Miniaturization to the Max: Nanotech Pioneer Lauded

Machines, medicines, and materials a mere fraction the width of a human hair may one day store trillions of bits of information, detect the onset of cancer, and restore a paralyzed limb.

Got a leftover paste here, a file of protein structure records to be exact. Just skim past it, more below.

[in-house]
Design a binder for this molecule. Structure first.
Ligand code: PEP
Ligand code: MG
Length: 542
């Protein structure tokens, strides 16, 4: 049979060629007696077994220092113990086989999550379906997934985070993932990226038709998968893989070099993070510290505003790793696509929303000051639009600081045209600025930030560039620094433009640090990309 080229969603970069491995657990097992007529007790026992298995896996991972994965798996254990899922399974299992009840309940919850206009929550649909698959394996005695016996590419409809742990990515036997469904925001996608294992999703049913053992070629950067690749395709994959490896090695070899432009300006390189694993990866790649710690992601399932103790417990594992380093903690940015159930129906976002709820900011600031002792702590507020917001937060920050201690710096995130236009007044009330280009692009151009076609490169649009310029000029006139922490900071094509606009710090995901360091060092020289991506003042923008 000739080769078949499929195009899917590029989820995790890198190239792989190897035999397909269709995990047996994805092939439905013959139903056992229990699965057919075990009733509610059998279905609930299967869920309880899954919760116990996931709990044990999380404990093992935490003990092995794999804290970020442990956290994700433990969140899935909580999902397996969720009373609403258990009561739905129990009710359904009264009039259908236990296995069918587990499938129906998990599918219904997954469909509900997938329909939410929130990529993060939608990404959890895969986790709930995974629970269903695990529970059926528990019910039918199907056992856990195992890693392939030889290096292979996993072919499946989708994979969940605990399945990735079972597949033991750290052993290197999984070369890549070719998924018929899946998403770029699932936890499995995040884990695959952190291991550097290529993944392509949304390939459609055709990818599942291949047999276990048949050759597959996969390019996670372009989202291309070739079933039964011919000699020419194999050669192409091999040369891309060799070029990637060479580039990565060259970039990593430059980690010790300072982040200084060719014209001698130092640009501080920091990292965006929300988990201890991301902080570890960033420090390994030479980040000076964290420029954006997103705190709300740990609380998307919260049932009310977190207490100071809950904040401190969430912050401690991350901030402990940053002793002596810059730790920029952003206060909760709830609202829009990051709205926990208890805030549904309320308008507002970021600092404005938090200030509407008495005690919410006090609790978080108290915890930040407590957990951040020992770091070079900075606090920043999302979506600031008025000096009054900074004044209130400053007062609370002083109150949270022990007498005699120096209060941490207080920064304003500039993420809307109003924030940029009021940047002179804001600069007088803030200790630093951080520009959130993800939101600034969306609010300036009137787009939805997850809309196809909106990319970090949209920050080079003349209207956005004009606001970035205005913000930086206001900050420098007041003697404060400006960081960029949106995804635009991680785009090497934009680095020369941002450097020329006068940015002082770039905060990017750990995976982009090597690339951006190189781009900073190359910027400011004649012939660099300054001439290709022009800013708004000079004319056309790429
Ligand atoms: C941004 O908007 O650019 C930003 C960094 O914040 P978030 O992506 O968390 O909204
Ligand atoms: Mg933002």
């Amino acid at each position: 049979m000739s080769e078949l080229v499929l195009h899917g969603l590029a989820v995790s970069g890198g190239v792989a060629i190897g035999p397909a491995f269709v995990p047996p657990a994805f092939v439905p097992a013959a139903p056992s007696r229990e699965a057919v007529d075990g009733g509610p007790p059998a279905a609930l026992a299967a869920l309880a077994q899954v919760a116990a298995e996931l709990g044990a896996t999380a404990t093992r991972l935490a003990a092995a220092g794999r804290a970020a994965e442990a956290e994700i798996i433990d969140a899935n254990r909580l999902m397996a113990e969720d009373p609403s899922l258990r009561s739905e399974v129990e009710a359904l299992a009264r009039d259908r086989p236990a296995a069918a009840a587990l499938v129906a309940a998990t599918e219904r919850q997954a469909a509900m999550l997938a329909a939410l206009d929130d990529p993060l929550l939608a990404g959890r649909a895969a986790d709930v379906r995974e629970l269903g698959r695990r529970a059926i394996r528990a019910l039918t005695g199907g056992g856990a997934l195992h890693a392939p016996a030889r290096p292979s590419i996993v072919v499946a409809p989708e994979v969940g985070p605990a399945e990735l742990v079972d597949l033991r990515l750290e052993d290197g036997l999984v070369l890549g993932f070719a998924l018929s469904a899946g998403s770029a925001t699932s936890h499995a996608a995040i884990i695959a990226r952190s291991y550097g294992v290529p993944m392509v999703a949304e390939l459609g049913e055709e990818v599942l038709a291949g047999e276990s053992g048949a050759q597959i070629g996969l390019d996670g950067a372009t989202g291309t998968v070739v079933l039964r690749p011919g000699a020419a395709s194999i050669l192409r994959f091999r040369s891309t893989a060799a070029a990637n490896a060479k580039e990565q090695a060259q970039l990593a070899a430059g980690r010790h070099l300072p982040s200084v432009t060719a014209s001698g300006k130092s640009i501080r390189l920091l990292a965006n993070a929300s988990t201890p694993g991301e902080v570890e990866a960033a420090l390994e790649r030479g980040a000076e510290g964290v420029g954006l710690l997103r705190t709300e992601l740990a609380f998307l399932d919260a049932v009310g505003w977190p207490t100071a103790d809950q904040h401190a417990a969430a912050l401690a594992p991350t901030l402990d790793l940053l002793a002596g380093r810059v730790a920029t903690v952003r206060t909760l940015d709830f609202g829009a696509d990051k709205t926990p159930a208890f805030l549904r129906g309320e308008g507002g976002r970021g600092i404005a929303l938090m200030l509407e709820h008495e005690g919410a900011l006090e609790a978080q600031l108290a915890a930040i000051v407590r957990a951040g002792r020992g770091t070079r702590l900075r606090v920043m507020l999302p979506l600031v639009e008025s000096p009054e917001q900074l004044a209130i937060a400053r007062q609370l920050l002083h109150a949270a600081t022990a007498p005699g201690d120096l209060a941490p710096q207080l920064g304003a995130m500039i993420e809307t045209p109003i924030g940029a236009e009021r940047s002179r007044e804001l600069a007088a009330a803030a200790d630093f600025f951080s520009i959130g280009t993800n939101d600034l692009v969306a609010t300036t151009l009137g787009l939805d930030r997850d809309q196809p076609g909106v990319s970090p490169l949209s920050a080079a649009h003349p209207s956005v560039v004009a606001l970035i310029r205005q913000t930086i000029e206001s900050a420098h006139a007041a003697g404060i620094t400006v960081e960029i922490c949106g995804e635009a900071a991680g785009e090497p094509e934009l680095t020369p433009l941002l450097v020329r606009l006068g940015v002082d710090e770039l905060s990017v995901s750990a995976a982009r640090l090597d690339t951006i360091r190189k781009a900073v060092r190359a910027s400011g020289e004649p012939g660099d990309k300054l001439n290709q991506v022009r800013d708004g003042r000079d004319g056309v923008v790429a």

But before the promise of nanotechnology is even modestly met, scientists must first learn how to make three-dimensional structures and tools at a scale much too small for even the deftest robots or nimblest human hands to manipulate.